March 17, 2020
The European Commission is planning to ban all non-essential travel throughout Europe’s Schengen free travel zone as more countries close their borders in a bid to limit the spread of coronavirus.
Commission President Ursula von der Leyen said she will ask leaders to implement the measures on Tuesday.
“The less travel, the more we can contain the virus,” she said.
French President Emmanuel Macron earlier said the EU’s external borders would be closed to travellers.
“Concretely, all trips between non-European countries and EU countries will be suspended,” Mr Macron said in a televised address on Monday.
Long-term residents, family members of EU nationals and diplomats would be exempt as well as cross-border and healthcare workers and people transporting goods, Ms von der Leyen said during a video conference.
The measures would be in place for at least 30 days.
The Schengen agreement allows people to move freely between EU countries without border checks.
Citizens of non-Schengen EU member states will also be invited to apply the travel ban, including the UK.
The comments came ahead a video-summit with EU leaders on Tuesday hosted by European Council chief Charles Michel.
Meanwhile, Germany has also implemented stringent measures.
Chancellor Angela Merkel has banned religious services and told people to cancel any domestic or foreign holiday travel. Most non-grocery shops and venues have been ordered to shut. Schools across the country have already been closed.
What is France doing?
President Macron has ordered people to stay at home and only go out for essential duties. He said the previous measures, including the closing of schools, cafes and non-essential shops, had proved insufficient.
“Even while medics were warning about the gravity of the situation, we saw people get together in the parks, busy markets and restaurants and bars that did not respect the order to close,” he said in the 20-minute televised address.
“We are at war… we’re fighting neither another army nor our own nation. But the enemy is here, invisible, untouchable… and is advancing.”
The restrictions in France will be in place for at least 15 days, Mr Macron added, vowing to punish any infringement. The government later said more than 100,000 officers would be deployed nationwide to enforce the lockdown.
President Macron also said the army would be used to help transport the sick to hospital and that the second round of local elections due this weekend was being postponed. He also offered reassurance to businesses, saying: “No French company, whatever its size, will be exposed to the risk of collapse”.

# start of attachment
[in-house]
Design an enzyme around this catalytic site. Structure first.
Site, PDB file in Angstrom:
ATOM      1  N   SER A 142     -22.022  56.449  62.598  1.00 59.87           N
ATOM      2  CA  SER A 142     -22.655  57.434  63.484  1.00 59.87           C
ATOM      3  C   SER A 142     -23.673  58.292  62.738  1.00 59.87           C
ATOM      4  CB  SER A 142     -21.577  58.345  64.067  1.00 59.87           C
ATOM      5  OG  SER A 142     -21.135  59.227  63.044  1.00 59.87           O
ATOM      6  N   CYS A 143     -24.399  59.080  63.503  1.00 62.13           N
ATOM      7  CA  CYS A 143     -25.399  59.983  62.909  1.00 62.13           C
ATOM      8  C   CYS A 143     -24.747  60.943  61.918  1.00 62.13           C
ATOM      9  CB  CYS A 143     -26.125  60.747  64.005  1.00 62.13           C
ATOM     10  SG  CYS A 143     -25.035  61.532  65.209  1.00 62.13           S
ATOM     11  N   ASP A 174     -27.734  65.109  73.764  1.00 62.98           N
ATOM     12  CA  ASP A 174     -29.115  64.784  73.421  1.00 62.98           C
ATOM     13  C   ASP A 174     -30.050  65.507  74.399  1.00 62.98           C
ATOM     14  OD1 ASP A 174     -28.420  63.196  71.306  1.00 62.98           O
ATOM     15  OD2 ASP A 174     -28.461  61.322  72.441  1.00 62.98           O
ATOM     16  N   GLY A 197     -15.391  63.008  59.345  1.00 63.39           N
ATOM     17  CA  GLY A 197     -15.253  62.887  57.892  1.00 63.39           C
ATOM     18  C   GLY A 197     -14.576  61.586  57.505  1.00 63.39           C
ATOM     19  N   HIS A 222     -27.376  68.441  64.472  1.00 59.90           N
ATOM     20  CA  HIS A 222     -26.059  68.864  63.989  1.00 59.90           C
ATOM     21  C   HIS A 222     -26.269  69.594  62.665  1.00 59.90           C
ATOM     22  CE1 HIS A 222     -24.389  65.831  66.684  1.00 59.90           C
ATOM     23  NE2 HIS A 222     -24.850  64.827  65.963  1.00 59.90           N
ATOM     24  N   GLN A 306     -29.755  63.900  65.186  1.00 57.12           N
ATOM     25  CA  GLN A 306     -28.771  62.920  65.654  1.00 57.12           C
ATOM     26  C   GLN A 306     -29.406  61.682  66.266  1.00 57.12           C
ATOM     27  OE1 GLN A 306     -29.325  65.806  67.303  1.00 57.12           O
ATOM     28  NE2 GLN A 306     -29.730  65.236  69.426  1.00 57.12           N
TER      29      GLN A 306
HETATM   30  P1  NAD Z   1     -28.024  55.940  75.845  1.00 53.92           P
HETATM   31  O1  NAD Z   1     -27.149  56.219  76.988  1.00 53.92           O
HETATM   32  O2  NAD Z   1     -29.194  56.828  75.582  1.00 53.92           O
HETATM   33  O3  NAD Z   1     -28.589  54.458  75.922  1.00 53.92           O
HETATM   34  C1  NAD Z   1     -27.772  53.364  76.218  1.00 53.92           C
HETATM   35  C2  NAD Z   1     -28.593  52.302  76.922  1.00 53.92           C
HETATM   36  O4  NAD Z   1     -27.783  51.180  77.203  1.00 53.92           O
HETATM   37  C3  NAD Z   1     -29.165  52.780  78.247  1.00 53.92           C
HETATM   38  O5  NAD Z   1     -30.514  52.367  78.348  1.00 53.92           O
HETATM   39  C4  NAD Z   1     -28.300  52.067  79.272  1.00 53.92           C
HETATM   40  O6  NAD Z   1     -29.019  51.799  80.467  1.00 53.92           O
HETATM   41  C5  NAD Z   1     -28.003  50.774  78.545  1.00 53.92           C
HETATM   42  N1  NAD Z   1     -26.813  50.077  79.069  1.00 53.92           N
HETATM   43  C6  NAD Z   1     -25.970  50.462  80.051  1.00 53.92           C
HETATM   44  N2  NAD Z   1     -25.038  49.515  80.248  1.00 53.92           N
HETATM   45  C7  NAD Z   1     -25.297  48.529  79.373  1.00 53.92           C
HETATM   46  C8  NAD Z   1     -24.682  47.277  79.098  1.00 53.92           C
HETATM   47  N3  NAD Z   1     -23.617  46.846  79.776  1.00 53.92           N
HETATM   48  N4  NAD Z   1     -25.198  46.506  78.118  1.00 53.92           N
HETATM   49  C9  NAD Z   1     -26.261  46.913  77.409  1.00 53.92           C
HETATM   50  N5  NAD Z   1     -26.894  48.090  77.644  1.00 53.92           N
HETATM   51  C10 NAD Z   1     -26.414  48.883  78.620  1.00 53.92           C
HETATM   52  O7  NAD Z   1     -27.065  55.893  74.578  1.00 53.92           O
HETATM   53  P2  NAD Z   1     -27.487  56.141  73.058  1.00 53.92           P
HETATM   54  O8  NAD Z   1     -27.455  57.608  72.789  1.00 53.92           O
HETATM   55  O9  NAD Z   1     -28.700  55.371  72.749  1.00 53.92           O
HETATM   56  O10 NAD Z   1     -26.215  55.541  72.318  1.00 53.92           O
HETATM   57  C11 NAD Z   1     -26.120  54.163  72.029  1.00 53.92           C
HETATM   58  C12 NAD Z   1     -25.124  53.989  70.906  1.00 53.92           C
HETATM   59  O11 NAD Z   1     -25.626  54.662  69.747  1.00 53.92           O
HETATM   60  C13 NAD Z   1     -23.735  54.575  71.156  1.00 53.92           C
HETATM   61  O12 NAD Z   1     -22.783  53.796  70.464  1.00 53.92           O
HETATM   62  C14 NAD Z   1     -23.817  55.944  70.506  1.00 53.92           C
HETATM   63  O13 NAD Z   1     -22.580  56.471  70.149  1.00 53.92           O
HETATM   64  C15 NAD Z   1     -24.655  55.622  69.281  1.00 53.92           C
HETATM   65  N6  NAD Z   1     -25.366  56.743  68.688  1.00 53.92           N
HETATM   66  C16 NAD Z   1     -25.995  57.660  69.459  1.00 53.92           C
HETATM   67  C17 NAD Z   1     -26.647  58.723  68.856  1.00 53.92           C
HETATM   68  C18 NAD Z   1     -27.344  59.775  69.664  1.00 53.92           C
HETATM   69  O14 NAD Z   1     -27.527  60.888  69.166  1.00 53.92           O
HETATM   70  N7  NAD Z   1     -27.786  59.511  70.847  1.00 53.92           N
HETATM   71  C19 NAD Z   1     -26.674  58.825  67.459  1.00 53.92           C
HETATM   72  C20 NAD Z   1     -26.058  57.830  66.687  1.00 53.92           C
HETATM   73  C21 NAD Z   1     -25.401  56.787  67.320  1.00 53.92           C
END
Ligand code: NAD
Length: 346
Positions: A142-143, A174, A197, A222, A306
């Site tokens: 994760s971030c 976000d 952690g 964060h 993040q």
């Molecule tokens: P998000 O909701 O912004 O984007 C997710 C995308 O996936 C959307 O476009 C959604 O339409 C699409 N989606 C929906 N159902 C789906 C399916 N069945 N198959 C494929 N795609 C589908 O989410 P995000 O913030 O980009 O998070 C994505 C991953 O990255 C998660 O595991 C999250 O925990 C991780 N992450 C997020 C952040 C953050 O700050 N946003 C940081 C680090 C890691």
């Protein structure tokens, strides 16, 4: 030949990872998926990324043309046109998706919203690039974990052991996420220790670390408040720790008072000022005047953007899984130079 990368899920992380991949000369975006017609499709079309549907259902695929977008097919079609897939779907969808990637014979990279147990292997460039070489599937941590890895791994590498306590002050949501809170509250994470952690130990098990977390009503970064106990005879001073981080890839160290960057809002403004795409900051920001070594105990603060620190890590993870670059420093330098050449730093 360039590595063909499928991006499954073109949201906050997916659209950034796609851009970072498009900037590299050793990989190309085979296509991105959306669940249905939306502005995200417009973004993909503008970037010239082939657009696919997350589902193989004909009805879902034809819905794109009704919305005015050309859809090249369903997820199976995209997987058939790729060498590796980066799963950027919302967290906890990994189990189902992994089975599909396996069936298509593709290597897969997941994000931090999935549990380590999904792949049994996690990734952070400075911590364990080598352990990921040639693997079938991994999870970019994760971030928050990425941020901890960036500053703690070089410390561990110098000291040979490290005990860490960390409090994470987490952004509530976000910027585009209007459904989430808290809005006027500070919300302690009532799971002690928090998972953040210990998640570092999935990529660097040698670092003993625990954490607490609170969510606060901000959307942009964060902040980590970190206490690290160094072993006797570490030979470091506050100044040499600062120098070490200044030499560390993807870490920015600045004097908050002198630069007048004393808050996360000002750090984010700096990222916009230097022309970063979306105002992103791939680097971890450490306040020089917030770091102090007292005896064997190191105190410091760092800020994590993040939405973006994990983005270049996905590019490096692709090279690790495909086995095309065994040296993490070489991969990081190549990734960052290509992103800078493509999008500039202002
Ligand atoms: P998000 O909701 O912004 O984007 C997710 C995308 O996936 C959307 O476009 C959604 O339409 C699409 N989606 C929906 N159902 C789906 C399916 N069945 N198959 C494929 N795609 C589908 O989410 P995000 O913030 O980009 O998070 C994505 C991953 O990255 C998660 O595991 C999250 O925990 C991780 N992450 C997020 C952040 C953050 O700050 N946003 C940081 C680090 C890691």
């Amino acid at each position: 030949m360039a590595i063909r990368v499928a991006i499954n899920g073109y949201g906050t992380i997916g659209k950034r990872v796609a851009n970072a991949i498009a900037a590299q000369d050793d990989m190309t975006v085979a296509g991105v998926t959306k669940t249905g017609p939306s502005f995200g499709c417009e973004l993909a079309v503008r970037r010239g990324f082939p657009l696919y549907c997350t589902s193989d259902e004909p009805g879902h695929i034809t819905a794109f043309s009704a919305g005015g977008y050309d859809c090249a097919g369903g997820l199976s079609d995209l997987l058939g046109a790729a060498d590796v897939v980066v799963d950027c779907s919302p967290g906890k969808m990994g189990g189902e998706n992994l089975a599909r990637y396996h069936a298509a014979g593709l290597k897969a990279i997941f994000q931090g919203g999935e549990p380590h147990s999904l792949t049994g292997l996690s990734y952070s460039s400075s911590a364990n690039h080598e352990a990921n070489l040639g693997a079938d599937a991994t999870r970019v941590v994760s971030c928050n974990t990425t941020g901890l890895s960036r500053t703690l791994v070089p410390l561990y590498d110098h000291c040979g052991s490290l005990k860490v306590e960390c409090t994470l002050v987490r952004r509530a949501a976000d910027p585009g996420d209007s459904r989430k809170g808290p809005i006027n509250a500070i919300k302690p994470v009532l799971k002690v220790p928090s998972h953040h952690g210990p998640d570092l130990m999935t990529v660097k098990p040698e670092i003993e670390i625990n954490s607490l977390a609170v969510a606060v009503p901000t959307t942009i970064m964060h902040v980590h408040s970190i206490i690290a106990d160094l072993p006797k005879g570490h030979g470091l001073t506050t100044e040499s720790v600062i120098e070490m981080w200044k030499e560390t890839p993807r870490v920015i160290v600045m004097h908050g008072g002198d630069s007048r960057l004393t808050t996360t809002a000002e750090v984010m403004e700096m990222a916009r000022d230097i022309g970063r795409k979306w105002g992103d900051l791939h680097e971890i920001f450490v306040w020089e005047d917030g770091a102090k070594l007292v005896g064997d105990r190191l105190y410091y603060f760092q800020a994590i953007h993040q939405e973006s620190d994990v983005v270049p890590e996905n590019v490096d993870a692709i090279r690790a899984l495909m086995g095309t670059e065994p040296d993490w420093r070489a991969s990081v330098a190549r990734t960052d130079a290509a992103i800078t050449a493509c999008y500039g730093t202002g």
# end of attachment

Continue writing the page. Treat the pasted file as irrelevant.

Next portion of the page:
On Monday, the head of the country’s health service, Jerome Salomon, said the outbreak was “very worrying” and “deteriorating very fast”. France has so far registered more than 6,000 infections and 148 deaths.
The country will close its land borders from midday (11:00 GMT) on Tuesday, Mr Macron said.
What is Germany doing?
Chancellor Merkel announced that venues including clubs, bars, leisure facilities, zoos and playgrounds would be closed. Restaurants will have to enforce a minimum distance between tables and work under restricted hours.
“The better everyone sticks to these rules, the faster we’ll get through this phase,” she said at a news conference in Berlin, vowing that the government would try to minimise the economic impact of the outbreak.
Germany now has close to 7,000 confirmed cases of coronavirus, and 14 deaths. Large gatherings nationwide had already been banned.
Traffic crossing Germany’s borders with France, Austria, Switzerland and Luxembourg is now restricted to goods and people commuting for work. Only the borders with the Netherlands and Belgium are as yet unaffected.
Meanwhile, Foreign Minister Heiko Maas responded to reports that US President Donald Trump wanted to buy exclusive access to a potential vaccine developed by a German biotech firm, saying: “We cannot allow others to seek exclusive results.”
How are other Europe countries responding?
Spain implemented controls at land borders at midnight on Monday and only Spanish citizens, residents and special cases are allowed in the country.
The Spanish government imposed a partial lockdown on its 47 million inhabitants on Saturday, as part of a 15-day state of emergency. People are barred from leaving home except buy essential supplies and medicines, or for work.
Italy, the worst-affected nation outside China, where the virus originated, has more than 20,000 cases and has suffered more than 2,150 deaths.
Prime Minister Guiseppe Conte told the Corriere della Sera newspaper that damage from the virus would be “serious and widespread”, adding: “After the coronavirus, nothing will be as before, we will have to sit down and rewrite the rules of trade and the free market”.
Last week, the World Health Organization (WHO) said Europe was now the “epicentre” of the virus and urged governments to act aggressively to control the spread of Covid-19, the disease caused by the coronavirus.
The head of the WHO, Dr Tedros Adhanom Ghebreyesus, also told other countries to follow the containment strategies used in China and South Korea, saying they showed the pandemic was controllable.